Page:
IMO, this program does not operate in the interests of women and should be reviewed as a matter of urgency by an INDEPENDENT group, someone like the Nordic Cochrane Institute.
    The evidence has moved on and now we see the Dutch about to introduce a new program – 5 hrHPV primary triage tests offered at ages 30,35,40,50 and 60 and ONLY the roughly 5% who are HPV positive and at risk will be offered a 5 yearly pap test. The vast majority of women are HPV negative, not at risk and they will be offered the remaining HPV primary tests. Dutch women are already using a self-test HPV device, the Delphi Screener. (also in use in Singapore and elsewhere) The new Dutch program will save more lives by identifying the roughly 5% at risk and will spare huge numbers of women from a lifetime of unnecessary pap testing and the fairly high risk of potentially harmful over-treatment and excess biopsies.
    Our program is currently under review, but I fear excess will be built into any new program.

    IMO, breast screening adopts the same disgraceful attitudes. IMO, the benefits are inflated, the serious risk of over-diagnosis was suppressed, there is zero respect for informed consent and women are counted like sheep to achieve a govt-set target. Thanks to Assoc Prof Robin Bell, women have heard about over-diagnosis for the first time and the small chance of benefit. The Nordic Cochrane Institute, after criticizing Breast Screen’s brochure here and in other countries, prepared an excellent summary of all of the evidence, it’s at their website and should be offered to every woman – “The Risks and Benefits of Mammograms”.
    Prof Michael Baum, the UK breast cancer surgeon, has also been outspoken about the lack of informed consent in women’s cancer screening – he’s written many great articles.
    I made an informed decision not to have breast screening when I turned 50. Women should also note that clinical breast exams and routine pelvic exams have not been recommended for some time, I’d have refused them anyway. Routine breast exams – there is no evidence of benefit, but they lead to excess biopsies. The routine pelvic exam is of poor clinical value, is not a good screening test for ovarian cancer and carries risk, even unnecessary surgery. The only clinical requirement for the Pill is a blood pressure check and your medical history.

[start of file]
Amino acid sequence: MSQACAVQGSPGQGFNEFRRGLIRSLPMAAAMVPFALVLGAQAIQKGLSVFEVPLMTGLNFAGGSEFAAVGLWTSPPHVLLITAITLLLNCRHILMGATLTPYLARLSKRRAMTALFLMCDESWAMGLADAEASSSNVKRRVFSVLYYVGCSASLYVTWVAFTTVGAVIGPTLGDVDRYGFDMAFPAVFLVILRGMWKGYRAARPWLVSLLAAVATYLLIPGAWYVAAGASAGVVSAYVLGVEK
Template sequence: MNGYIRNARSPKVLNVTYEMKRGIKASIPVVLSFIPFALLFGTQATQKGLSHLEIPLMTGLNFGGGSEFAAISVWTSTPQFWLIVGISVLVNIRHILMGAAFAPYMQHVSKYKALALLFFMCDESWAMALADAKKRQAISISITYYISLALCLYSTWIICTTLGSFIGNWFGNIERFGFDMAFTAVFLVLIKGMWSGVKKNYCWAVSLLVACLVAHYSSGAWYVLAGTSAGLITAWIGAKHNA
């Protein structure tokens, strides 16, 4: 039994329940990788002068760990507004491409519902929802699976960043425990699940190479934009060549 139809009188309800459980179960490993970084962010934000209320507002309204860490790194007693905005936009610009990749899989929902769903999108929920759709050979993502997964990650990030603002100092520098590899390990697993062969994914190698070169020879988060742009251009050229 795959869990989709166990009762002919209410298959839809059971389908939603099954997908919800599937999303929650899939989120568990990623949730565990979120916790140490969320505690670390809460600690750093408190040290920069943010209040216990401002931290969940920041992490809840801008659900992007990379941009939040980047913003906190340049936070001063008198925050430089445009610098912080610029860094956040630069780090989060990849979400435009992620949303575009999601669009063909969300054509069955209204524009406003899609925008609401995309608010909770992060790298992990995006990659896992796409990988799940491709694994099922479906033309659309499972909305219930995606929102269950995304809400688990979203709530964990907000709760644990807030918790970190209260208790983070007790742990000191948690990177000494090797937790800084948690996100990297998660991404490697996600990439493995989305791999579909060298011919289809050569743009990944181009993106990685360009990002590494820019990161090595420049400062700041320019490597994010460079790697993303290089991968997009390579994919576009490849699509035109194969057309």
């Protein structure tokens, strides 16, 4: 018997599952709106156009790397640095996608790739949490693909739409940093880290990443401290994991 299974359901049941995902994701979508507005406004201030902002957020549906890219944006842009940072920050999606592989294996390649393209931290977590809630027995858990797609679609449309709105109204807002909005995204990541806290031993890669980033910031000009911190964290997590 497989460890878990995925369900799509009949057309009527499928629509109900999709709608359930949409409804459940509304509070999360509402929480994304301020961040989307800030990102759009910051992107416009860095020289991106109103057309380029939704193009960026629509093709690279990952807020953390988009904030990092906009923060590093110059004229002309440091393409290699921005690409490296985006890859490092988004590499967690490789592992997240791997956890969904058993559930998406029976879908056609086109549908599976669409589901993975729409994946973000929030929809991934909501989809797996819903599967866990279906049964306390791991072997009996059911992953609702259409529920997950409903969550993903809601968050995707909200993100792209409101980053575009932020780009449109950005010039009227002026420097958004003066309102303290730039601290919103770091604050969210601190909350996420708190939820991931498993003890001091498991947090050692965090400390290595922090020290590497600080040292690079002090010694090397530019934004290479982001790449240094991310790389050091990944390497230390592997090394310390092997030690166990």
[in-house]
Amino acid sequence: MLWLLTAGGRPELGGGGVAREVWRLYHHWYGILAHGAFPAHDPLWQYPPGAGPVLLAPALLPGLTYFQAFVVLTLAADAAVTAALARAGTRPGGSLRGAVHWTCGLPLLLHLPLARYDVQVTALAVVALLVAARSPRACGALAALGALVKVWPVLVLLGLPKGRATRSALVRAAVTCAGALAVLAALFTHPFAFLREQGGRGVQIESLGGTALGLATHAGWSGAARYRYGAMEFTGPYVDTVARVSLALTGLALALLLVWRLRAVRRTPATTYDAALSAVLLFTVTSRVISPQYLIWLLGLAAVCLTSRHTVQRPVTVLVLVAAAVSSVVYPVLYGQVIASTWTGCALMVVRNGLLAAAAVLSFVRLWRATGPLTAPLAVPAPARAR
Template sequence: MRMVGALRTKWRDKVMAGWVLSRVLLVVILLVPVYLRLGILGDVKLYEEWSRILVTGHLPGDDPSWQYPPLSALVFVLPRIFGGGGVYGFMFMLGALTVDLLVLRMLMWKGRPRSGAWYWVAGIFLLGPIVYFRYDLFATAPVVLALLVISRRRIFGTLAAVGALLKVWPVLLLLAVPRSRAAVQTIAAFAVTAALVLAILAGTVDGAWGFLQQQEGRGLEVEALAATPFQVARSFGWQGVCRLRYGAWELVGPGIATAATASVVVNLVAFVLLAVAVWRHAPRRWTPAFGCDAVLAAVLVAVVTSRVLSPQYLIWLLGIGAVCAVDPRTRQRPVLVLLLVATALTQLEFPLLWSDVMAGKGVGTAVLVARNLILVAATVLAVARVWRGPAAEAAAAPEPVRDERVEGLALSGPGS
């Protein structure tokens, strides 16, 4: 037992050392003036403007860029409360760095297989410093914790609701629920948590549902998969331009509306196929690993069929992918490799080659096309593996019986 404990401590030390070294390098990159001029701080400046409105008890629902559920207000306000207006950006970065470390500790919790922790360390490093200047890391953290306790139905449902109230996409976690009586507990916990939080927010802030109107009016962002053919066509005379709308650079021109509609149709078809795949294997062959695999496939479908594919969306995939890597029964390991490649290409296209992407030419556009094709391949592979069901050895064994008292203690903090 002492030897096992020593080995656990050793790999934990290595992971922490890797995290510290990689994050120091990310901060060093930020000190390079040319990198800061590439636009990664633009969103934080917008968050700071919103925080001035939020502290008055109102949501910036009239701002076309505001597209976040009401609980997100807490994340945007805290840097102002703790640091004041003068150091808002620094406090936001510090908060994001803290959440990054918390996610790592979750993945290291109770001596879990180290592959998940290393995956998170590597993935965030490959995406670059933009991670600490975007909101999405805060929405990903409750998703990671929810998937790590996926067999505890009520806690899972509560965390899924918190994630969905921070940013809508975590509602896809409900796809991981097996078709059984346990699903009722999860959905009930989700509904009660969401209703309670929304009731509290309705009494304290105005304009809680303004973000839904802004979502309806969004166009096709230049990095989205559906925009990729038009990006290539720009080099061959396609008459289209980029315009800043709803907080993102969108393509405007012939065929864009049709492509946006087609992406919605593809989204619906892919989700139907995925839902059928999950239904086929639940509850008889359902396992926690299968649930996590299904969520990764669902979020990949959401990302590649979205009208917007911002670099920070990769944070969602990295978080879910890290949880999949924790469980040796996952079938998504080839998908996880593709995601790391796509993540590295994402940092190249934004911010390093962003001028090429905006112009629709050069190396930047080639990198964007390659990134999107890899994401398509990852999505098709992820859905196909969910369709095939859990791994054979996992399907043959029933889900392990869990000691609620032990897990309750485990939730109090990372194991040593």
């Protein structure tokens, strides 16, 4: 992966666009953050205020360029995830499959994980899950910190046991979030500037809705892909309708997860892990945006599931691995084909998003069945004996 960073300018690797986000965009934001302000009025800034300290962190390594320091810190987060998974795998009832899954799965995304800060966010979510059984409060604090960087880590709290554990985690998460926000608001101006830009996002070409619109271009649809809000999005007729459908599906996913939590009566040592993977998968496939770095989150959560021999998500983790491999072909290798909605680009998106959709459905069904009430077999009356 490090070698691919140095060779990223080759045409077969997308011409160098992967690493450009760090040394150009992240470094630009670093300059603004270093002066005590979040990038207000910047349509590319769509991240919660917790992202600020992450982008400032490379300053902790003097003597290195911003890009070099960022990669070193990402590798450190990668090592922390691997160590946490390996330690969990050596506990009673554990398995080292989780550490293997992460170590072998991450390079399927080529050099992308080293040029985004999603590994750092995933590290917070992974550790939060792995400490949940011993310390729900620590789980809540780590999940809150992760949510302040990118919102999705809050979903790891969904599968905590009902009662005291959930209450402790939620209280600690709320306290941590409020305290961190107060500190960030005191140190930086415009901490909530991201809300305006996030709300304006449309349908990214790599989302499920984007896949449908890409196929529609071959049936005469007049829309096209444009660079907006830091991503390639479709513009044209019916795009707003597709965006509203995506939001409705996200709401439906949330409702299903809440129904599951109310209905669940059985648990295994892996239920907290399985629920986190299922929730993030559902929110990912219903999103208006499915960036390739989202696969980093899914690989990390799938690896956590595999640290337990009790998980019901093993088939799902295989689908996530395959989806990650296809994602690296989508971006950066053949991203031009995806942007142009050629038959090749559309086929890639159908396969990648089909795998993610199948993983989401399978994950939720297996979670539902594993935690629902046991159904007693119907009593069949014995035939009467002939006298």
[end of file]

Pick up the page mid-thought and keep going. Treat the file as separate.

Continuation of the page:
It’s interesting the American ob-gyn, Dr Carolyn Westhoff, believes the well-woman exam aggressively promoted to women in the States (and many women are coerced into this exam to get the Pill) is partly responsible for their high hysterectomy rates (1 in 3 will have one by age 60) and for the removal of healthy ovaries after false positive pelvic exams.
    Women need to be very careful accepting any information coming from the screening authorities and others with a vested or political interest or pro-screening groups.
    It’s horrible to see the harm and distress caused by our programs and even worse, that most of it was avoidable with screening in responsible hands.

    http://www.bmj.com/content/326/7395/901 (Dr Raffle’s research)
    http://www.nypcancerprevention.com/issue/4/pro/pro_spot/cer_can.shtml (lifetime risk of referral is 77%)
    http://www.independent.co.uk/life-style/health-and-families/features/why-im-saying-no-to-a-smear-7577967.html
    HPV Today Edition 24, sets out the new Dutch program – registration is free.
    http://www.australiandoctor.com.au/news/latest-news/cervical-screening-program-needs-urgent-review–ex (2008) Calls to change our program go back a decade or more.
    https://www.mja.com.au/journal/2002/176/11/cervical-screening-time-change-policy
    Pap testing and HPV primary testing is not recommended for those under 30 in countries with evidence based screening – pap testing does not change the tiny incidence or death rate in those under 30, but this age group produce the most false positives, it’s risk for no benefit.
    HPV primary testing is not recommended either as 40% would test positive, most have harmless and transient infections that will clear naturally, only roughly 5% will test positive at age 30, these are the only women who can benefit from a 5 yearly pap test.
    http://www.theage.com.au/national/start-pap-tests-later-say-doctors-20091120-iqyo.html
    We should have excluded young women from our program many years ago.
    The delay is inexcusable…
    http://www.cochrane.dk/
    https://www.mja.com.au/journal/2012/196/1/do-benefits-screening-mammography-outweigh-harms-overdiagnosis-and-unnecessary-0 (Assoc Prof Robin Bell)